A new study of remedial programs for students with dyslexia shows “that more aggressive treatment can make dyslexic brains work the way normal brains do, activating a region that plays a vital role in reading fluency”.
April 27, 2004
Learning Disabilities: A Clearer Path to Reading Fluency
By JOHN O’NEIL
Remedial programs for students with dyslexia often succeed only in making bad readers into slightly better bad readers. Now a new study shows that more aggressive treatment can make dyslexic brains work the way normal brains do, activating a region that plays a vital role in reading fluency.
Good and bad readers handle tasks differently, brain scanning research has shown, from the processing of sound to the recall of vocabulary. Last year, a study showed that dyslexic students who were tutored with typical methods made limited gains but continued to use cumbersome mental pathways.
The new study, to be published in May in the journal Biological Psychiatry, was the first to compare the effect of standard and aggressive treatments before and after pupils received them.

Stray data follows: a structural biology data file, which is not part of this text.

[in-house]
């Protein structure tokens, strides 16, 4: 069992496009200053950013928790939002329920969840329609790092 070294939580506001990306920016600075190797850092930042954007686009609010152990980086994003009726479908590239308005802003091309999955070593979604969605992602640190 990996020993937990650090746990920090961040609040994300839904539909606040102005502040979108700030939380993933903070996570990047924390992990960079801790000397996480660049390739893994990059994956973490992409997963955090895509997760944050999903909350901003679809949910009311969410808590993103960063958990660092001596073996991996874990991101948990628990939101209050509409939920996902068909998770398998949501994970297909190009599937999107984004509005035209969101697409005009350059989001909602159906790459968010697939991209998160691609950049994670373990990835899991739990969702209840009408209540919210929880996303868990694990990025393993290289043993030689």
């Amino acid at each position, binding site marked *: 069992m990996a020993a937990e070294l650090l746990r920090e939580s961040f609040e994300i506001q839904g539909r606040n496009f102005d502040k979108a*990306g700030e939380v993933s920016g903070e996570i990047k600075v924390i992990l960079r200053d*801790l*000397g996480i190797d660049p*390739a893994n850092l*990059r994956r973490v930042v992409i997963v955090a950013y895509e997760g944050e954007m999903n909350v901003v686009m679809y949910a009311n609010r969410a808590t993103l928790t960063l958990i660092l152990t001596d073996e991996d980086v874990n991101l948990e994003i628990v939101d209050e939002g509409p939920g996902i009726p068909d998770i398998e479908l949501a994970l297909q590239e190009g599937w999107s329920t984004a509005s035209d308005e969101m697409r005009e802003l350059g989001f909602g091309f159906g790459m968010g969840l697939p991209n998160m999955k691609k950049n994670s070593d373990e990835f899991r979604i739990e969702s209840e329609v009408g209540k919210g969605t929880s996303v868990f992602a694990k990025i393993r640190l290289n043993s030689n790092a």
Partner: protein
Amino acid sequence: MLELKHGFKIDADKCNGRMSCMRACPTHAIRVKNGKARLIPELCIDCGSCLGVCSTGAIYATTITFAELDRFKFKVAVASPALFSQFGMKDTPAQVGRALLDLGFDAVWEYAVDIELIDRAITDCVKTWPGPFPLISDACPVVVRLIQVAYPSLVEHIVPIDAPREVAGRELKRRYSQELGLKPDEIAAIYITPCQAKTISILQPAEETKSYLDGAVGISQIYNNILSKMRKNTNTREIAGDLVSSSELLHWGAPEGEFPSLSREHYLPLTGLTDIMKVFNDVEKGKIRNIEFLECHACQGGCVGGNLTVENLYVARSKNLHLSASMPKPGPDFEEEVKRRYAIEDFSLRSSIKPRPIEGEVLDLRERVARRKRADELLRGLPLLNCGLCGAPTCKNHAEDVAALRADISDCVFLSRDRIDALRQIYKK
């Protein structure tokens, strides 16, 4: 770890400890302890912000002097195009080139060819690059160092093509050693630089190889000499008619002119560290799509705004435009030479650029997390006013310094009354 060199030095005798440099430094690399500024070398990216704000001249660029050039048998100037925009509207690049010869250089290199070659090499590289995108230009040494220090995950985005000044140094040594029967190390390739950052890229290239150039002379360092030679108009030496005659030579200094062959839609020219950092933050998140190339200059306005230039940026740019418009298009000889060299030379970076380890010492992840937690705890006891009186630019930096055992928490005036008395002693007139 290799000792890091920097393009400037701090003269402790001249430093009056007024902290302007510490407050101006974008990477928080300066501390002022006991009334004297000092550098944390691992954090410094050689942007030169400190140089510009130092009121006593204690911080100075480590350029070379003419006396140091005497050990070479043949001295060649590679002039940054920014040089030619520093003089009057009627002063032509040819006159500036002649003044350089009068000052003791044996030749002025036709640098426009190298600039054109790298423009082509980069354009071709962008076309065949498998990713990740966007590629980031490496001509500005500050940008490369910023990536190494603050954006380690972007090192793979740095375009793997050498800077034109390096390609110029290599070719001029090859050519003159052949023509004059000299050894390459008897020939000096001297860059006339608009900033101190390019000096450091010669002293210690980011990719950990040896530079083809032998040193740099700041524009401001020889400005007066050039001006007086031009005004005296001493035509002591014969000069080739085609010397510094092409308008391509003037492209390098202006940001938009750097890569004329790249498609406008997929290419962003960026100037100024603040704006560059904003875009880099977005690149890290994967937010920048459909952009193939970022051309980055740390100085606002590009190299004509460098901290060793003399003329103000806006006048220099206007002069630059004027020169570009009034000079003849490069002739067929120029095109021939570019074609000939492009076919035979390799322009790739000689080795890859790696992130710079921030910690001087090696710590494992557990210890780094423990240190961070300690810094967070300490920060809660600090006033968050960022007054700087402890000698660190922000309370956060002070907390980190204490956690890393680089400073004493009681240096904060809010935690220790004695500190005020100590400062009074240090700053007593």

One group of 37 poor readers, ages 6 to 9, received an average of two hours a week of instruction using a systematic, phonics-based curriculum. A comparison group of 12 poor readers continued to receive their school’s normal remedial help: about an hour a week.
Testing showed that in one year the intensive teaching group made up about half the gap between their initial scores and those of a control group of normal readers, while the other students fell further behind.
The brain scans showed that the children who received the intensive remedial tutoring had begun to activate an area of the brain known as the word-form region the way the average readers did.
Dr. Sally E. Shaywitz of Yale, an author of the study, called that change crucial. “The word-form region allows a child to look at a word and to automatically know how to pronounce it, spell it and know what it means,” she said. “If a child is not a fluent reader, he or she will avoid reading; it’s too effortful.”